Along with the humanity of the Son of God, work too has been taken up in the mystery of the Incarnation, and has also been redeemed in a special way. At the workbench where he plied his trade together with Jesus, Joseph brought human work closer to the mystery of the Redemption.

Among the concerns raised by Pope John Paul II – and, in fact, throughout the corpus of modern Catholic social teaching beginning with Leo XIII right up through Pope Francis – is the way advancing technology, which is itself a fruit of human labor, changes how we understand work. The Industrial Revolution brought the worker question to an acute crisis in the time of Leo, just as the advent of atomic energy, mass communications, biotechnology, and digital technology have in the 20th and 21st centuries.

In the wake of these subsequent revolutions, the dignity and meaning of work has become more obscured, not less. Work is seen as drudgery and toil, or else merely as a means of acquisition, both of legitimate goods, but also of vast excess and luxury. Labor itself is often reduced to a mere personal commodity, a private asset, severed from its social meaning and responsibility to the common good. This trend is accelerated both by our growing technological capabilities and the new forms of labor it makes possible. Consider, as one example: the explosion of professions in which “human capital” rather than skilled labor or access to material resources dominate.

Technology has provided us advantages for which we ought to be tremendously grateful. But our increasing technical mastery and dependence on technology has altered how we see ourselves and the world around us. While human nature remains unchanged, our understanding of ourselves, and our place in the created order, has shifted dramatically. We have become increasingly blinded by what Pope Francis calls the “technocratic paradigm.” Where this has happened, the most foundational of Christian truths – the Incarnation – has been rendered more and more incoherent to the people of our day.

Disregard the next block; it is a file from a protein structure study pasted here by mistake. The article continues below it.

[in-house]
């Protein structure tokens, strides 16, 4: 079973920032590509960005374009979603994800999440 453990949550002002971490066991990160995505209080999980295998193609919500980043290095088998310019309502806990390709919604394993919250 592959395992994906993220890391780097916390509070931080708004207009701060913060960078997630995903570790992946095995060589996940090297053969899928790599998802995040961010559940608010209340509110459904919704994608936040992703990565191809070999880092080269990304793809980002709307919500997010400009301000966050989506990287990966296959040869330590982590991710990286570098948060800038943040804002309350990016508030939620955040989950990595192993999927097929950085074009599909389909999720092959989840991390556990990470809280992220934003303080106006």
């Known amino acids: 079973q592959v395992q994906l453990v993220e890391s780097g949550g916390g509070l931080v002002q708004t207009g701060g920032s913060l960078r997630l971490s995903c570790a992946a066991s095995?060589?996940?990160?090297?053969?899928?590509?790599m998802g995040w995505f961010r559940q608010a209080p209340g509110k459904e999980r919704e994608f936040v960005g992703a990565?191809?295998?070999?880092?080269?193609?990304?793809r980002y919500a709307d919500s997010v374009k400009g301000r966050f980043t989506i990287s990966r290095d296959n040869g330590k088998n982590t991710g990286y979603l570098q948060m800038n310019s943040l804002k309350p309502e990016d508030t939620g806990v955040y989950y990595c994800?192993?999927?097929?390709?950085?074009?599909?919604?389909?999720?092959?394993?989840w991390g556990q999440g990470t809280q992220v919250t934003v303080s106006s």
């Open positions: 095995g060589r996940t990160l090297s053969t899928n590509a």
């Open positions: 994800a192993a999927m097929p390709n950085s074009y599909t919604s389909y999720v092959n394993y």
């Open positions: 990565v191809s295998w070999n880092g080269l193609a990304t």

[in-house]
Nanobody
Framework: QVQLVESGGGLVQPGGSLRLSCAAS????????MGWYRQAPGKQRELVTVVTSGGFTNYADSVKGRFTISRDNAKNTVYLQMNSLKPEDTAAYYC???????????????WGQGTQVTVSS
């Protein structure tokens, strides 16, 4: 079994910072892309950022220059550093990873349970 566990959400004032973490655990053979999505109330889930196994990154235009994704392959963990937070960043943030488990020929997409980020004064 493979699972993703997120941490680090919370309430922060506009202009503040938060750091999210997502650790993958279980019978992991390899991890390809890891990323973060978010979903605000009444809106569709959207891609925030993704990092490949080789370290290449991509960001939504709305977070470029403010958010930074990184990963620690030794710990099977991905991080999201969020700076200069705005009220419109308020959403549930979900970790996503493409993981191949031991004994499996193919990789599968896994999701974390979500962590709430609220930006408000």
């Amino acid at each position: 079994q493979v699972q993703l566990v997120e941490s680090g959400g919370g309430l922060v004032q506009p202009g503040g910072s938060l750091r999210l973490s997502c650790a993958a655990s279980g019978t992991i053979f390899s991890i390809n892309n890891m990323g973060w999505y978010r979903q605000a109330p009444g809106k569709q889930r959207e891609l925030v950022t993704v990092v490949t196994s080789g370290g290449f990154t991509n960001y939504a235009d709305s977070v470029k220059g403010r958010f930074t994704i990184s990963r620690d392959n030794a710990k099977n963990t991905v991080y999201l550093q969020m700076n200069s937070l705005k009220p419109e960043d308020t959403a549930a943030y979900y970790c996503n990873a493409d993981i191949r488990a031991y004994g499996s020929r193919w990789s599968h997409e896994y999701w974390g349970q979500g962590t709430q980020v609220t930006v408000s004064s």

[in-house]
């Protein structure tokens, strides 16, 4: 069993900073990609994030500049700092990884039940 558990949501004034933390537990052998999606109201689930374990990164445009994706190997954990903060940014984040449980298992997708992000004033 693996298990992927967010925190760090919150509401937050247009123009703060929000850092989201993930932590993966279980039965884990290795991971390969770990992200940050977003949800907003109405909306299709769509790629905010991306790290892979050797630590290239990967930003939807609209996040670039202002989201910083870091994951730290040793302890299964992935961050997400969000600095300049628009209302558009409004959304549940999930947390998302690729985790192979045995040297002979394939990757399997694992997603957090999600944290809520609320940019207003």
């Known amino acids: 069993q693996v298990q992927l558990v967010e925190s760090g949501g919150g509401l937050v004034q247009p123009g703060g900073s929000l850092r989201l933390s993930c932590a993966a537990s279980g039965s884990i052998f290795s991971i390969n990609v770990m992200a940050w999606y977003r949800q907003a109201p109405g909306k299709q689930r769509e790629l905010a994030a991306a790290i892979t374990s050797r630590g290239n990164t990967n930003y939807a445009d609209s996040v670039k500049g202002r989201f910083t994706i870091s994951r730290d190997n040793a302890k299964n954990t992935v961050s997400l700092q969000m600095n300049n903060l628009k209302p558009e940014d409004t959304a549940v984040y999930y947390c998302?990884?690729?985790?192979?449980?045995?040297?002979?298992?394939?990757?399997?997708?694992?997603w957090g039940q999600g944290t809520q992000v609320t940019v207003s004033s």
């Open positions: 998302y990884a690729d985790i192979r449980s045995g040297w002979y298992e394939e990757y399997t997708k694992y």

In the light of today’s daunting challenges, as John Paul II understood all too well, the meaning and dignity of human work takes on a “fundamental and decisive importance” indeed. The example of St. Joseph, who shared so concretely in the work of his Creator, can help us rediscover the true meaning of human work. Such a rediscovery is essential if we are to better understand the proper uses and limits of our technology, which comes from, and so profoundly shapes, our work and our world.

Stephen P. White is a fellow in the Catholic Studies Program at the Ethics and Public Policy Center. Mr. White’s work focuses on the application of Catholic social teaching to a broad spectrum of contemporary political and cultural issues. He is the author of Red, White, Blue, and Catholic (Liguori Publications, 2016).


Stephen P. White is a fellow in the Catholic Studies Program at the Ethics and Public Policy Center. Mr. White’s work focuses on the application of Catholic social teaching to a broad spectrum of contemporary political and cultural issues. He is the author of Red, White, Blue, and Catholic (Liguori Publications, 2016).